On April 26, the Vanguard ran a second article removing any doubt that the second officer involved in the pepper spray incident was Alexander Lee, recently promoted from security guard in the UC Davis Police Department to police officer.
A few days later, the Davis Enterprise ran a follow-up story also naming Officer Alexander Lee, and noting that university officials had confirmed there were only three officers suspended over the pepper-spray incident and that they were all UC Davis officers.
Nevertheless and despite the fact that two local news entities have known for certain the identity of the second pepper-spraying officer for nearly a month, the Los Angeles Times and the Sacramento Bee filed suit on Wednesday against the UC Board of Regents in which they demand the release of police officers’ names that were removed from the Reynoso and Kroll Reports.
The Vanguard has named just two of the officers involved. Along with Officer Alexander Lee is also scene commander, Lt. Barry Swartwood. We could have named them all, but believe only those two are really implicated in the incident.
According to an article in the Los Angeles Times this morning, “The lawsuit, filed in Sacramento County Superior Court, contends that when university officials agreed in a court settlement last month to redact all but two names, they ‘failed to represent the interests of the press and public,’ leaving the newspapers with ‘no choice but to bring this petition to protect the public’s right of access to this important information.’ “
The Times article notes, “Wednesday’s litigation is the latest tussle over transparency in the matter.” They cite the union’s efforts to block release of key portions of the reports back in March where UC Officials argued for the full release of the reports, but eventually in the name of expediency allowed the reports to be released with only the names of Lt. Pike and former UC Davis Police Chief Annette Spicuzza – whose identities were widely known – to be released.
The LA Times reports, “UC officials said they acquiesced to the settlement last month to expedite the already delayed report. But reporters for the Sacramento Bee and the Times continued to pursue access to the names under the California Public Records Act.”
They add, “In denying the newspapers’ requests, UC officials said the judge’s permanent injunction barred them from revealing the names.”
The paper adds, “Attorney Thomas R. Burke, who is representing the newspapers, countered Wednesday that Pike’s declaration presented ‘only speculative concerns about his safety’ and ‘didn’t have anything to say about the other officers.’ “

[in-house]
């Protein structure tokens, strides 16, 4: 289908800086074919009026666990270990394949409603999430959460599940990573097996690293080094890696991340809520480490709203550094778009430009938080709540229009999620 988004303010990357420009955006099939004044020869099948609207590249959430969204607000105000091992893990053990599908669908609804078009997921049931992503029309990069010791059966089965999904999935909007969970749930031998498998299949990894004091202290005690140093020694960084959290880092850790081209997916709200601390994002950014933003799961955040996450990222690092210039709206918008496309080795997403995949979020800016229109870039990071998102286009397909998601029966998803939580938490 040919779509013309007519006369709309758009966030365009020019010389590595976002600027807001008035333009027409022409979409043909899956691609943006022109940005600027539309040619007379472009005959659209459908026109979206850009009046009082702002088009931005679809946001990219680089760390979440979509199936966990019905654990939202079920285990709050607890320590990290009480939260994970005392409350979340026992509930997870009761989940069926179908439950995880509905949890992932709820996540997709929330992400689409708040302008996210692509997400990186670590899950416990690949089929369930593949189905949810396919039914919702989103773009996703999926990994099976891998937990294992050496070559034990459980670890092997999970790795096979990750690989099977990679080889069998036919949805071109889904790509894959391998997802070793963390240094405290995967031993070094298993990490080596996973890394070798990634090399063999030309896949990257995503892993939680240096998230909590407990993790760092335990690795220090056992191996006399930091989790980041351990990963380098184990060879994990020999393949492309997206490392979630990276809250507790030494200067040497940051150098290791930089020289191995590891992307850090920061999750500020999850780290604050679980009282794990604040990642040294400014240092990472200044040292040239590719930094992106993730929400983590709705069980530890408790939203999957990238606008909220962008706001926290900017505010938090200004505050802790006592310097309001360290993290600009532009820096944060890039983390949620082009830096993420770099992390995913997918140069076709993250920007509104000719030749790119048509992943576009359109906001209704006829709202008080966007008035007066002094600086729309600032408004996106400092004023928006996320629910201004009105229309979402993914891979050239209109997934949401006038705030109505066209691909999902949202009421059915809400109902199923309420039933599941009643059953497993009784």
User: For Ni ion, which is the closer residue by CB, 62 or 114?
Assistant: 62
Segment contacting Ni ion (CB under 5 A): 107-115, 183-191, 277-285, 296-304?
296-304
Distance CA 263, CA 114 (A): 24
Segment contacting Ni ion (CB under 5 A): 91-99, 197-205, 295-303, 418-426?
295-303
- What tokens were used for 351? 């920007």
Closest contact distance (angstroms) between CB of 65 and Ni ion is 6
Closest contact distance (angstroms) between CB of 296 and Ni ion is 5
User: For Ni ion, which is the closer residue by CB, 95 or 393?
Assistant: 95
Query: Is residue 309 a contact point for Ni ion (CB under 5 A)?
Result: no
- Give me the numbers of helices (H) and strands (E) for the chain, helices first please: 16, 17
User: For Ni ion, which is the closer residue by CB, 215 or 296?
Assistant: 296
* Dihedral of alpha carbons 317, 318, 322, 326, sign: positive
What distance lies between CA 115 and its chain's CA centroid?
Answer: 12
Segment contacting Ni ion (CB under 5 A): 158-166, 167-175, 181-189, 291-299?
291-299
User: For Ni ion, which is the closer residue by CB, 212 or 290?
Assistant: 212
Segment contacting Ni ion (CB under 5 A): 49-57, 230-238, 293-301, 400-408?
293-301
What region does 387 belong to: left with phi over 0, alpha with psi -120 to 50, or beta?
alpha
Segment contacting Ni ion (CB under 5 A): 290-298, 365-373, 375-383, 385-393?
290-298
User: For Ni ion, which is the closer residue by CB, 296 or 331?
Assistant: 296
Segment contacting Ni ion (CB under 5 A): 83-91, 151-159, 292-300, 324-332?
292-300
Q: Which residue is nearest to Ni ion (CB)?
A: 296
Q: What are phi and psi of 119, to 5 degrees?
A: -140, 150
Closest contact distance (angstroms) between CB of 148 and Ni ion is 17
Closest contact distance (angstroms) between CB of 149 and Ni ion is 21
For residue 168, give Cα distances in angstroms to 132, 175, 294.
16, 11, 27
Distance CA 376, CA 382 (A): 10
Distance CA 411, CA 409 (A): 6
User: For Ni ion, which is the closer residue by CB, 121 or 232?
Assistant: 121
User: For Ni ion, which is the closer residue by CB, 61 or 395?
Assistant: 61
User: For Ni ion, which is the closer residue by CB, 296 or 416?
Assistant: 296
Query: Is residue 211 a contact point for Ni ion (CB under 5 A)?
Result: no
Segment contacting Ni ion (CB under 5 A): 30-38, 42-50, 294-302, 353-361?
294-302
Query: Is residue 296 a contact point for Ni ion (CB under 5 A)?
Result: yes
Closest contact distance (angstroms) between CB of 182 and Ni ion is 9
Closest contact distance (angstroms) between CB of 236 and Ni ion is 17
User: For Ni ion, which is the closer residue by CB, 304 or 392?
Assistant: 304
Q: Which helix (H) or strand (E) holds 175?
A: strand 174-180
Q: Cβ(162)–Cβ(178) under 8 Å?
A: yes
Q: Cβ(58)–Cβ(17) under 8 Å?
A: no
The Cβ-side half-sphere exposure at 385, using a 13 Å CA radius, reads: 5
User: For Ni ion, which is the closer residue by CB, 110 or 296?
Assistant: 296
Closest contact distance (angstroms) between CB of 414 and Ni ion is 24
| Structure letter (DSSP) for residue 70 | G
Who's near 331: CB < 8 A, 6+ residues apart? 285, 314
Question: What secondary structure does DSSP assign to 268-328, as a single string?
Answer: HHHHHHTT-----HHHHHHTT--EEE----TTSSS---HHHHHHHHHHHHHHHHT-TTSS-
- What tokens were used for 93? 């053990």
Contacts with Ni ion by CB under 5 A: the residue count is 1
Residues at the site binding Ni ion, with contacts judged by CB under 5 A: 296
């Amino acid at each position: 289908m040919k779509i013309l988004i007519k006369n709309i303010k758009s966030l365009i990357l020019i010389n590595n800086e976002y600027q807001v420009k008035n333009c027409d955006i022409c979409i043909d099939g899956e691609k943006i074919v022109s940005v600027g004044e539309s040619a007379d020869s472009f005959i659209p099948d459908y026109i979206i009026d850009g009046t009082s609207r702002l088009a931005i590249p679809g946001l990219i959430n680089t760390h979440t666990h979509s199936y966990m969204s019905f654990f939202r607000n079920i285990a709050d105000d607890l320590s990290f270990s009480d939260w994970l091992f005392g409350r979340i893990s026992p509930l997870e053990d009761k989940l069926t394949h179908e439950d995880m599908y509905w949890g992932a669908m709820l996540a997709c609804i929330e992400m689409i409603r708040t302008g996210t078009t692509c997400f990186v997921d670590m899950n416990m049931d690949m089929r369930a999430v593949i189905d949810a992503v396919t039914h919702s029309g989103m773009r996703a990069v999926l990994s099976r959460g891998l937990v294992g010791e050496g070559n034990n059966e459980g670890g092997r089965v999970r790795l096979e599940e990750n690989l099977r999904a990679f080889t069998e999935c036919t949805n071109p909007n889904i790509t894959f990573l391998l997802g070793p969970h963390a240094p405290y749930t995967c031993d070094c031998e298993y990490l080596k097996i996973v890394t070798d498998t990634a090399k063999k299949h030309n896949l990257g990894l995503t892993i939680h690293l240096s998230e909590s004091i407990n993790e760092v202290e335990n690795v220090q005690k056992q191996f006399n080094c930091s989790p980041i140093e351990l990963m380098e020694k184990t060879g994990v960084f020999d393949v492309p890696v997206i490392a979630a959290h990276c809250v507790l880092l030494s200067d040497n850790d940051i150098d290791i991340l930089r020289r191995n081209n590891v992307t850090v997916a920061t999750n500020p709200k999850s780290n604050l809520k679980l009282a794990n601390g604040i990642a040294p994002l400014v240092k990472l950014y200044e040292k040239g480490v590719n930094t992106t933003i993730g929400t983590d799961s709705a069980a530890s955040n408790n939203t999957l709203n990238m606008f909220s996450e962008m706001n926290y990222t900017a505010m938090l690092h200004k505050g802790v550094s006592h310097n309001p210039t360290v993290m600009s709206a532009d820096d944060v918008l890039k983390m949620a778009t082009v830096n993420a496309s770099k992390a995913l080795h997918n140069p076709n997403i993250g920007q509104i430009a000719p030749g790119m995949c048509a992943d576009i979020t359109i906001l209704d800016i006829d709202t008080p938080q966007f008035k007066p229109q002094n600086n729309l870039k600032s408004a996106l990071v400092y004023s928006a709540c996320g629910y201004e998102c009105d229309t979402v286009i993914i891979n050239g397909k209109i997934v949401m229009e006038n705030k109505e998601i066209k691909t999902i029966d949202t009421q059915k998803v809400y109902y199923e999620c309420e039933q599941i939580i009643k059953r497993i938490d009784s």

“It’s far more important to make sure that people responsible for spraying industrial-grade pepper spray into the eyes of passive students are fully accountable for their involvement,” Mr. Burke said. In commissioning the Reynoso task force, he added, the Regents “wanted an unvarnished public explanation of what happened and that is a mission that we are trying to fulfill with this litigation.”
“In particular, the idea that government agents can anonymously plan and execute operations using chemical weapons against protesters in the public square is antithetical to the most fundamental notions of democracy, which depend upon public scrutiny of official conduct,” the suit said as reported by the Sacramento Bee this morning. “The Regents’ withholding of the names of the officers also contradicts California law, which requires officers to wear name tags on their uniforms.”
UC Davis Spokesperson Barry Schiller will get the Vanguard additional information this morning.
The Vanguard published the name of Officer Alexander Lee back on March 27 after getting ahold of a photo from November 27 that depicted Officer A. Lee.
The Enterprise apparently had these photos, as well, as they reported: “Still photographs show the second officer’s name badge as reading ‘A. Lee.’ The Enterprise has been attempting to obtain the officer’s first name for months, without success.”
The Enterprise attempted to obtain the name of the officer through the front door, going to considerable lengths to determine Officer Lee’s identity.